David Bourget (Western Ontario)
David Chalmers (ANU, NYU)
Rafael De Clercq
Ezio Di Nucci
Jack Alan Reynolds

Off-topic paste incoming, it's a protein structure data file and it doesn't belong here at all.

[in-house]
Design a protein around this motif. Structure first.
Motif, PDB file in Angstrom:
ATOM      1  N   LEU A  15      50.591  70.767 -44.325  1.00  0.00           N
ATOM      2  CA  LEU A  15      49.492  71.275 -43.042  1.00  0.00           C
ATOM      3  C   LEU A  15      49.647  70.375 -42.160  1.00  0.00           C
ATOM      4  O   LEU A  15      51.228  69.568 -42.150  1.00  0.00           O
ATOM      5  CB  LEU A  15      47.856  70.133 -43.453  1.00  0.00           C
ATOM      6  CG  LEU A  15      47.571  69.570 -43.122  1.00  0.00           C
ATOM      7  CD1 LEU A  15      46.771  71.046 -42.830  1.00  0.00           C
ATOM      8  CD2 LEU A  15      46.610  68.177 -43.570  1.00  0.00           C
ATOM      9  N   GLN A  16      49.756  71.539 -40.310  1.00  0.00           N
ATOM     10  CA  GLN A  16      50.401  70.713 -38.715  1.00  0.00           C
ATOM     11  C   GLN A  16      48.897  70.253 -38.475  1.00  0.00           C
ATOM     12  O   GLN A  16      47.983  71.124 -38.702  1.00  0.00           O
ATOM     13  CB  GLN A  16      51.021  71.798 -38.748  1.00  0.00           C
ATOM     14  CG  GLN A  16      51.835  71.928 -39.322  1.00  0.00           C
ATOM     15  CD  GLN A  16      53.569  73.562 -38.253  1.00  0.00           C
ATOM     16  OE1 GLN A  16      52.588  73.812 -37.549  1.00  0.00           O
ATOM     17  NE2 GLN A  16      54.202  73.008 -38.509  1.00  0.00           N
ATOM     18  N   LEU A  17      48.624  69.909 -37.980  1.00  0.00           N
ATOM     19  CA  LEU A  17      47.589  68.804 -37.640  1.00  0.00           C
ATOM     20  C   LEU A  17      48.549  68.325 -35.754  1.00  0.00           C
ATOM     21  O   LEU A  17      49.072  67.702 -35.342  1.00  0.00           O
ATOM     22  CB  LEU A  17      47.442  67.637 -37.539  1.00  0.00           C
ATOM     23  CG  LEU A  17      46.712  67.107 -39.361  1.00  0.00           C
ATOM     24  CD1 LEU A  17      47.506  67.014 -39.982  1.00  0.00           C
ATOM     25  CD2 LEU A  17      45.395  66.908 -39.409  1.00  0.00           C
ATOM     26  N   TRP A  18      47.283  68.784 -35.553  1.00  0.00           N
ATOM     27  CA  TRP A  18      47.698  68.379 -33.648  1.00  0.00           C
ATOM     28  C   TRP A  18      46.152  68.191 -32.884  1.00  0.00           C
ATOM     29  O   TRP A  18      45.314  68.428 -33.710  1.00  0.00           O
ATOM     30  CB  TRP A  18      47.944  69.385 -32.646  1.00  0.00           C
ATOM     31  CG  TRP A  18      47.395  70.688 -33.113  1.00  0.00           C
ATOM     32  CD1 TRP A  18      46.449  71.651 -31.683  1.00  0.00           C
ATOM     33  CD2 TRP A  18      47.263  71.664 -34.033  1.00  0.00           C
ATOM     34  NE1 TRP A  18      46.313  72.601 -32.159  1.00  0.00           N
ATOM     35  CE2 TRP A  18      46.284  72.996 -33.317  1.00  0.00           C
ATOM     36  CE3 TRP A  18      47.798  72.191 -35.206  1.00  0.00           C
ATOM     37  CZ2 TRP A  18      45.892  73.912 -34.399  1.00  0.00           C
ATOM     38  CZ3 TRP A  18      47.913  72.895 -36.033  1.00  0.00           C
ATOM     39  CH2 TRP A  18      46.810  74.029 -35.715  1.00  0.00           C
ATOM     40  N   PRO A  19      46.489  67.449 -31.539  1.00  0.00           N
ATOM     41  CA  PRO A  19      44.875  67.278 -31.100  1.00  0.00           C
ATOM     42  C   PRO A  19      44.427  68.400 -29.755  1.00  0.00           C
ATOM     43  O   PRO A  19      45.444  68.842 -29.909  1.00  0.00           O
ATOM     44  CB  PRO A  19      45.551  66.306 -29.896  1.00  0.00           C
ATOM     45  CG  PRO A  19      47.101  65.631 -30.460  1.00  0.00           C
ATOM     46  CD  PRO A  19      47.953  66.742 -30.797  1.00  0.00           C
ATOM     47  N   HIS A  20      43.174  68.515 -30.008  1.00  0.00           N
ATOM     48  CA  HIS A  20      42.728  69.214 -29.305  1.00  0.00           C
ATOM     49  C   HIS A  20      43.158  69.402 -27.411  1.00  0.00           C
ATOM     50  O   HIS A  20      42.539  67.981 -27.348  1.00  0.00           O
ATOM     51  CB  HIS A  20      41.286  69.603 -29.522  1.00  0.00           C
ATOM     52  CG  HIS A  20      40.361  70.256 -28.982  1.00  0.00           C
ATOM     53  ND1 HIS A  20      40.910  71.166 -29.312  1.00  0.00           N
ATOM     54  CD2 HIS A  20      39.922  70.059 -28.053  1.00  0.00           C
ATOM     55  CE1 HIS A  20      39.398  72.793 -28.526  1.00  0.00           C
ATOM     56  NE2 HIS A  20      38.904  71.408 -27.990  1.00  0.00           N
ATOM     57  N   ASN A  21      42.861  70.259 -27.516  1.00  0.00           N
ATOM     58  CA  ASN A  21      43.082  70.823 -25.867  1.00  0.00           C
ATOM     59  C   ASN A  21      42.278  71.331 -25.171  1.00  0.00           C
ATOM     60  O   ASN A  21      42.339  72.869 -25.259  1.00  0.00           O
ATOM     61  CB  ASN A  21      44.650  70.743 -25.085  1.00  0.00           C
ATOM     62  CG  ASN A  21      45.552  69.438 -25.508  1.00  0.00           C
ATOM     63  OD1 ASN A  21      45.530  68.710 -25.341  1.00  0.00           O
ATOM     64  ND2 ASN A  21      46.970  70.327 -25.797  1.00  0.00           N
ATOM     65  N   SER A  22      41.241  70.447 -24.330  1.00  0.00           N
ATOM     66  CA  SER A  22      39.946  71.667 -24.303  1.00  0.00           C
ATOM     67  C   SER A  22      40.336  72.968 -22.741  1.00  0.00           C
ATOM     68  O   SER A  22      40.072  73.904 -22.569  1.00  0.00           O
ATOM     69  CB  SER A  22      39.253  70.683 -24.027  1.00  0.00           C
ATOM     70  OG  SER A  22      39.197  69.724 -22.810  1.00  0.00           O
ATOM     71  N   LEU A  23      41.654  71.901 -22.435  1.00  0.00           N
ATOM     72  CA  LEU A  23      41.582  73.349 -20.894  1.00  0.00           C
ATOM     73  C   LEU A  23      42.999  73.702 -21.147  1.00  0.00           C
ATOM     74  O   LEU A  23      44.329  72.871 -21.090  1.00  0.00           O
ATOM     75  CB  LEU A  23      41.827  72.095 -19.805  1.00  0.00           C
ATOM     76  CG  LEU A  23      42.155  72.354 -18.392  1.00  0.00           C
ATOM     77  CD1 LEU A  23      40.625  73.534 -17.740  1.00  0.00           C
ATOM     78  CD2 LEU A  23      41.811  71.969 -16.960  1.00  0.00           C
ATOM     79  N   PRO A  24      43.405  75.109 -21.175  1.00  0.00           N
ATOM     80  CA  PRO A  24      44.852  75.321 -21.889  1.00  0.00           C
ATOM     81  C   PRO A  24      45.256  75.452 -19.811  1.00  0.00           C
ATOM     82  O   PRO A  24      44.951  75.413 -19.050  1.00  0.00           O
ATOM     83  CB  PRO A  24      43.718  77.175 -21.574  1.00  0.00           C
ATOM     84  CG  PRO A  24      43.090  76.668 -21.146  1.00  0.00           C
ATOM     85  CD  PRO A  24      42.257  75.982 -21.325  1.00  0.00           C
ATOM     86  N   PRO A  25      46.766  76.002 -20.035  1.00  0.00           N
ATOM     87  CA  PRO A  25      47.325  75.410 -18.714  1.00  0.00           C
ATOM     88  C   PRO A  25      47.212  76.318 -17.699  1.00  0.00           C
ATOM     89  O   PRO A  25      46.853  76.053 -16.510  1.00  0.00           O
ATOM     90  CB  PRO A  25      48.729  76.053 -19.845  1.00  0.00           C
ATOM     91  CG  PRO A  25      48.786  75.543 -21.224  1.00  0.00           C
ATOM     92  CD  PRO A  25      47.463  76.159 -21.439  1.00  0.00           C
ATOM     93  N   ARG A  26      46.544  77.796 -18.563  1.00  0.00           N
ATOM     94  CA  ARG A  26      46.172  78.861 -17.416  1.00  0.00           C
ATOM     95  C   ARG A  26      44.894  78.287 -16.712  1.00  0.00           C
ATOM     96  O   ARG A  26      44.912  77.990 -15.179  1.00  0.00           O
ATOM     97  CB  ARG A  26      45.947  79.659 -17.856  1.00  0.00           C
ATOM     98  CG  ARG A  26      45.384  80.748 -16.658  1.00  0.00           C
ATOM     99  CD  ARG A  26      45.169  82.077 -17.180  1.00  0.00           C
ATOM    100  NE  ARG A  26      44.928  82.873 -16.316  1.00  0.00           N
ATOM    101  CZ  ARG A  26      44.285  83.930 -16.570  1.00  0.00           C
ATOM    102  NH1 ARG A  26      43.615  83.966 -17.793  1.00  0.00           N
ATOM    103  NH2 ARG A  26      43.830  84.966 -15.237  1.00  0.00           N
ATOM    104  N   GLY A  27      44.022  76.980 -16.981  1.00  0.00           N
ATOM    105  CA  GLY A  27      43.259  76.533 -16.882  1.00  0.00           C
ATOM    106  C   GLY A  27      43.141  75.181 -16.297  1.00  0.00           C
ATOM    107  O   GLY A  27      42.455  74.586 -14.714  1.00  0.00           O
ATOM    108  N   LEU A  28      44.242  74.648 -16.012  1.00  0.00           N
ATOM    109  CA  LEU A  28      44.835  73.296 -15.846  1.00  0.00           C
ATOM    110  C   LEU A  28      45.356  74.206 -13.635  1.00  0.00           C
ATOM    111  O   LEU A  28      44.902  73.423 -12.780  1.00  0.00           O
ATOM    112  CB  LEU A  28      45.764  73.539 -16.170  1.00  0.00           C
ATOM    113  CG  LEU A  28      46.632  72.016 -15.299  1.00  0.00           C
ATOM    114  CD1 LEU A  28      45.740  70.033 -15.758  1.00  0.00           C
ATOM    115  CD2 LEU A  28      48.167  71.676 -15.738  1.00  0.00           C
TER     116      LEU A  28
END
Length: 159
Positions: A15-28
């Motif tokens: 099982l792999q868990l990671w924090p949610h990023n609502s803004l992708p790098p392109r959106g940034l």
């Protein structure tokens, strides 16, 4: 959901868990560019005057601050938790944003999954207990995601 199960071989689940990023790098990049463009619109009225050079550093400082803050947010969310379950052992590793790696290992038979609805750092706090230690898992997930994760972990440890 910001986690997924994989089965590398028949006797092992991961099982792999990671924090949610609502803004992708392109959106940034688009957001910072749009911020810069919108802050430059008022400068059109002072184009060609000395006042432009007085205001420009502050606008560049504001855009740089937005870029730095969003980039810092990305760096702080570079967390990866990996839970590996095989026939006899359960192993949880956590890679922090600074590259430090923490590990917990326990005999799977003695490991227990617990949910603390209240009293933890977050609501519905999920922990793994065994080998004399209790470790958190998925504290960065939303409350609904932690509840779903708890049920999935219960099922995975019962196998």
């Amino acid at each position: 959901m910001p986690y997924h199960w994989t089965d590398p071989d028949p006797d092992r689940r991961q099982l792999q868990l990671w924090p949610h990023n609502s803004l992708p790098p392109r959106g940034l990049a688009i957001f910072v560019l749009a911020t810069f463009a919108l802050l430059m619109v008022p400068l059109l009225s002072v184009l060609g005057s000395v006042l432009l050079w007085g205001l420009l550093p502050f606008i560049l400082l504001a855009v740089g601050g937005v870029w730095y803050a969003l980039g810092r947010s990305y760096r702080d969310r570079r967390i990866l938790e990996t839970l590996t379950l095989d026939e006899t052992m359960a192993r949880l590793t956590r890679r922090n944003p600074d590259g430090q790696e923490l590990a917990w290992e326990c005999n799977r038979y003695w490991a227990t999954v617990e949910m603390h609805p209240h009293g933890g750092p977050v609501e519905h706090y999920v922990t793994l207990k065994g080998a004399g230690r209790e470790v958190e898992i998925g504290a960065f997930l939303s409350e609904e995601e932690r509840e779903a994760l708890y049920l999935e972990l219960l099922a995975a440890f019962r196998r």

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of thesis entitled The Nature of Moral Duties-Scanlon's Contractualist Account of 'what we owe to each other' submitted by Simon C. Y. Kwong for the degree of Master of Philosophy at the University ofHK in August 2003 This thesis aims at examining a contractualist account of our moral duties towards other individuals, which was proposed by Thomas Scanlon in his book Mat We Owe to Each Other. Traditionally, utilitarianism occupies a dominant position in moral and political philosophy, and contractualism as a non-consequentialist stream of theories does not receive much attention before John Rawls' s A Theory of Justice was published. Even within the family of contract theories, most of the attentions have been devoted to 'justice' but not 'moral duties'.1 Scanlon' s contractualist account of 'what we owe to each other' therefore has two distinctive features: first, it is an account of 'moral duties' towards other individuals but not an account of justice or other evaluative focal points; second, it offers a contractualist but not consequentialist foundation for 'what we owe to each other'. My thesis has a dual purpose: first, to examine the nature of our moral duties under this conception of 'what we owe to each other' ; and second, to argue that contractualism does represent a genuine and appealing rival to utilitarianism and other forms of consequentialism as a foundational theory. The nature of our moral duties to other individuals is examined in terms of its normative content, motivational basis, scope and its implications on moral status, basing 1 Apart from Rawls, David Gauthier, for example, also offers a contractarian theory of justice in his Morals by Agreement i on a contractualist foundation. Chapter 1 will be a general discussion of social contract theories. Staring with Shelly Kagan' s framework in analyzing normative theories, I will examine the role of contract theories in normative ethics. After a summary of the characteristics of different contract theories, I will examine some of the most pressing critiques of contract theories and try to answer them. Chapter 2 will discuss the normative content of 'what we owe to each other'. Some of the main ideas in Scanlon' s account like 'principles' and 'reasonable rejection' will be explicated to pave the way for further discussions in later Chapters. Chapter 3 will be a direct comparison between contractualism and consequentialism. I will discuss the main divergence between contractualism and consequentialism in first-order moral questions. I will also argue how contractualism, as a non-aggregative and non-teleological theory, serves as a better foundation than consequentialism for our moral duties towards others. Chapter 4 will turn to the question of moral motivation. I will examine why we should respect our moral duties to others in terms of why we should take the considerations of 'what we owe to each other' seriously. In Chapter 5, I will explain how the normative content of contractualism and contractualist moral motivation are unified by the idea of mutual justifiability to others. They together form a single subject matter and constitute a unified domain of 'what we owe to each other' within the broader concept of 'morality'. I will then examine the scope of this particular domain, with special emphasis on the problem of moral status. 11
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